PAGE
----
Thursday, June 7, 2012

The recent history of Rionda

Last summer, in 2011, I took this picture of the Vigna Rionda cru in Serralunga (Vigna Rionda is in the middle distance).

A month ago I took the above picture of the same vineyard, Vigna Rionda. As you can see, there is now a large lacuna in the vineyard.

What happened? I thought you might like to know why a large swathe of one of the most famous Barolo vineyards has gone missing.

Vigna Rionda is not only a famous vineyard, it is also a large one, and several growers control different pieces of it.

In this grouping of Rionda, still planted today, are the parcels (if I am correct) of Poderi Oddero, Luigi Oddero, and Luigi Pira. Feel free to let me know in the comments if I am wrong about that.

While over there, past the seemingly vacant space, is the parcel controlled by Massolino. The Massolino holding is pretty big, at over 2 hectares of vines.

In between those groupings is what until recently was the Canale parcel: a large 2.2 hectare collection of vineyard rows the majority of which have now been ripped out. This was the parcel that grew the grapes used for Bruno Giacosa's Collina Rionda, which was the wine that more than any other drew fame and attention to this vineyard. The last vintage of the Giacosa bottling that was made was the 1993. Subsequently, Roagna produced a Barolo from this same parcel. The last vintage of Roagna labelled Rionda produced was the 2006. Both Giacosa and Roagna purchased what was used in those bottlings from the Canale family, first Aldo Canale, and then from 1998, Aldo's only son Tommaso Canale. The vines in the Canale family parcel had been planted as far back as 1946.

Canale labelled bottles at the Giovanni Rosso cantina.
In December of 2010 Tommaso Canale unexpectedly died, leaving neither a direct descendant nor a will. His large parcel of Vigna Rionda was then divided between three distant relatives: Guido Porro and Sergio Germano each received a bit less than half a hectare, and the remainder of the Canale holding, a bit more than a hectare, went to Davide Rosso of the Giovanni Rosso winery.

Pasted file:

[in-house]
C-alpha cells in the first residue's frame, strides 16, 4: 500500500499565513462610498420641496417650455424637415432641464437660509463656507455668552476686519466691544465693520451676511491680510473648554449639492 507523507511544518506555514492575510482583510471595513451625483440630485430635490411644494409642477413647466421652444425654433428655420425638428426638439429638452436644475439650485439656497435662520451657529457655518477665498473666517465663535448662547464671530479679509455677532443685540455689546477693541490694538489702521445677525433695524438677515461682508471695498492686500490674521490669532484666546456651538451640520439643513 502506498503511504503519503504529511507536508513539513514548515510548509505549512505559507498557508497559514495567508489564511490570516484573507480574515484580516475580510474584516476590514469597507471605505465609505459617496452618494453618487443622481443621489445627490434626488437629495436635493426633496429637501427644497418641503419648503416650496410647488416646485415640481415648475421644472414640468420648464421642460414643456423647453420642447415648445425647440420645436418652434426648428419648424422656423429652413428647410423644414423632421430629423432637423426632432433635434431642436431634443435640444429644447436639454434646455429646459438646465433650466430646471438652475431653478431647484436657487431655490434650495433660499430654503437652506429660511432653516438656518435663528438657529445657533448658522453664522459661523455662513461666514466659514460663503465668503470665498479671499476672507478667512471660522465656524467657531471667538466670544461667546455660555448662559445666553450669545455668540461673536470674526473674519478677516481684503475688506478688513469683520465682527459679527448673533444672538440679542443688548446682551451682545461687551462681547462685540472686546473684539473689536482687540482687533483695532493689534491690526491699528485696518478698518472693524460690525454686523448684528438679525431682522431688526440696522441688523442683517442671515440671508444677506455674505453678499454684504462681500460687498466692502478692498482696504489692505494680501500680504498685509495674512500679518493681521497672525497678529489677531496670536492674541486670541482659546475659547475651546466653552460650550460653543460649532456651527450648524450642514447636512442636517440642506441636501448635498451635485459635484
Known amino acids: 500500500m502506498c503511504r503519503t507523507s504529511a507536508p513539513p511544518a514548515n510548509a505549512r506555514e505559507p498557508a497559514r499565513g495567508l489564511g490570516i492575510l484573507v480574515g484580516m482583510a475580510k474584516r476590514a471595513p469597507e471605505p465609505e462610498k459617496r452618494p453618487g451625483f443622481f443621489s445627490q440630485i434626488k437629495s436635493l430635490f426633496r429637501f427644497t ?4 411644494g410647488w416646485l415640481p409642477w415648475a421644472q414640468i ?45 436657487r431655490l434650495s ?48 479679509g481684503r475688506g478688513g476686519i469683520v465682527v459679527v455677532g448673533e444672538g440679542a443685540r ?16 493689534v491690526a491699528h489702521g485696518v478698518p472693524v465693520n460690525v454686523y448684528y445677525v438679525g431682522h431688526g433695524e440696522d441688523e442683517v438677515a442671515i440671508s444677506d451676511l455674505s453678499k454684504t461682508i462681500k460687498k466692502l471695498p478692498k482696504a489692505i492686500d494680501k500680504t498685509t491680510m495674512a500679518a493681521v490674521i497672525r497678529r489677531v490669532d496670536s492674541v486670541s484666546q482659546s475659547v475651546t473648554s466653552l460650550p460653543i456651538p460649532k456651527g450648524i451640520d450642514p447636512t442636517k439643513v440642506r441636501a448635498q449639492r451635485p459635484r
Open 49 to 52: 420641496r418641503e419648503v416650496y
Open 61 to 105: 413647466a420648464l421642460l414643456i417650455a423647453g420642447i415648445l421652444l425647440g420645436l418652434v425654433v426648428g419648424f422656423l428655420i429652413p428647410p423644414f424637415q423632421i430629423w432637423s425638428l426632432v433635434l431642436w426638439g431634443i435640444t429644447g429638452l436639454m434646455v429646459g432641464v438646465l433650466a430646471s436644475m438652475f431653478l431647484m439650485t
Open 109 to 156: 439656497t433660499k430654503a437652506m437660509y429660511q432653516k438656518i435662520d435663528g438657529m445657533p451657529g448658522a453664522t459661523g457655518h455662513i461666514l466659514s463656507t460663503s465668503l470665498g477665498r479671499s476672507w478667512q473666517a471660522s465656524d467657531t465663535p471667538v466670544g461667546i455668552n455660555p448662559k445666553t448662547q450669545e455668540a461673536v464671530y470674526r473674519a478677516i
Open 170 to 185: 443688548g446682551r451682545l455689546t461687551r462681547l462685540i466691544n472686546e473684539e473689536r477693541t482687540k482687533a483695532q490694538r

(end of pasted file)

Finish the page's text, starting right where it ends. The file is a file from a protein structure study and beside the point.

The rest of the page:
What happened next is that most the Canale portion of Rionda was ripped out. It is in the process of being replanted. The logic was that the Nebbiolo vines there were very old, sometimes diseased, often interplanted with Dolcetto and Barbera, and had seen little care in terms of modern trellissing or training.



At any rate they are gone now, except for a small portion of old vines at the top of the vineyard slope which Davide Rosso has decided to keep.

The view from the top of Vigna Rionda, looking down into what was the Canale parcel. To the left are the vines that Davide Rosso has preserved.

The old Canale rows still in place at Vigna Rionda.

And which are in full view of the Castle of Serralunga.



Giovanni Rosso will bottle a small release from the grapes grown here starting with the 2011 vintage. Eventually the vines that are being planted now will come on stream and Giovanni Rosso will have more volume of production from their complete parcel in Rionda. The Giovanni Rosso winery is also finishing the maturation of the Barolos made by Tommaso Canale from the Canale parcel (the entire parcel, before most of it was ripped out) in the 2007, 2008, 2009, and 2010 vintages.

The 2009 Vigna Rionda from Tomasso Canale is currently finishing its maturation in the Giovanni Rosso cellar.

Before Tommaso Canale's death in 2010 the Giovanni Rosso winery did not control any vines in Rionda, and neither did Ettore Germano or Guido Porro. Now each has what might be considered a slice from the tenderloin of Rionda.

Sergio Germano of Ettore Germano has been quoted as saying that his first Barolo from Rionda will probably be from the 2017 harvest.

Guido Porro, pictured above, told me that he specifically wanted his parcel to be at the bottom of the vineyard, because of his feeling that the top portions of Rionda see higher temperatures and conditions that are very dry.

The Guido Porro cellar, above, will eventually play host to wine from the Vigna Rionda cru.
When I asked Guido Porro what the character of Vigna Rionda as a vineyard was, he said that he did not yet know, but hoped to find out. I and the many other fans of the Rionda cru must for now wait on the new answer.


Please note that some informational details given in the above text were gleaned from here, here, here, and here. Those who might wish to learn more are recommended to those sources for further information. - i man

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